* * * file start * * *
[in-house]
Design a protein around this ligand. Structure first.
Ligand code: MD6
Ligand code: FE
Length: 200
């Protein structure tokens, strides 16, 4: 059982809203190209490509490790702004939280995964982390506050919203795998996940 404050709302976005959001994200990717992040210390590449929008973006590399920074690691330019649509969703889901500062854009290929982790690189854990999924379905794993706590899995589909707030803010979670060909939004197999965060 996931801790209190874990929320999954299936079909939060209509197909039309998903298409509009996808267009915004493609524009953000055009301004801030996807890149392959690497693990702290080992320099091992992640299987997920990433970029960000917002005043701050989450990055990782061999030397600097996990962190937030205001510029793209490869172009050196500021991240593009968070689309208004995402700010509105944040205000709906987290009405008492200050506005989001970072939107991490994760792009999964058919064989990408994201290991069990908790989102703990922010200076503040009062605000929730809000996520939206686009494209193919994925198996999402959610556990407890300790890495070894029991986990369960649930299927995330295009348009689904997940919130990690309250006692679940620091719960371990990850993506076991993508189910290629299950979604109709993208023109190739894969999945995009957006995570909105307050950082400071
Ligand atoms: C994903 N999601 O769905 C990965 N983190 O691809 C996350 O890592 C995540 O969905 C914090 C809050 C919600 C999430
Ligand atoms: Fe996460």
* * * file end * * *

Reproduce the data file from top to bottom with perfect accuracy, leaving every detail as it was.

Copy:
[in-house]
Design a protein around this ligand. Structure first.
Ligand code: MD6
Ligand code: FE
Length: 200
């Protein structure tokens, strides 16, 4: 059982809203190209490509490790702004939280995964982390506050919203795998996940 404050709302976005959001994200990717992040210390590449929008973006590399920074690691330019649509969703889901500062854009290929982790690189854990999924379905794993706590899995589909707030803010979670060909939004197999965060 996931801790209190874990929320999954299936079909939060209509197909039309998903298409509009996808267009915004493609524009953000055009301004801030996807890149392959690497693990702290080992320099091992992640299987997920990433970029960000917002005043701050989450990055990782061999030397600097996990962190937030205001510029793209490869172009050196500021991240593009968070689309208004995402700010509105944040205000709906987290009405008492200050506005989001970072939107991490994760792009999964058919064989990408994201290991069990908790989102703990922010200076503040009062605000929730809000996520939206686009494209193919994925198996999402959610556990407890300790890495070894029991986990369960649930299927995330295009348009689904997940919130990690309250006692679940620091719960371990990850993506076991993508189910290629299950979604109709993208023109190739894969999945995009957006995570909105307050950082400071
Ligand atoms: C994903 N999601 O769905 C990965 N983190 O691809 C996350 O890592 C995540 O969905 C914090 C809050 C919600 C999430
Ligand atoms: Fe996460």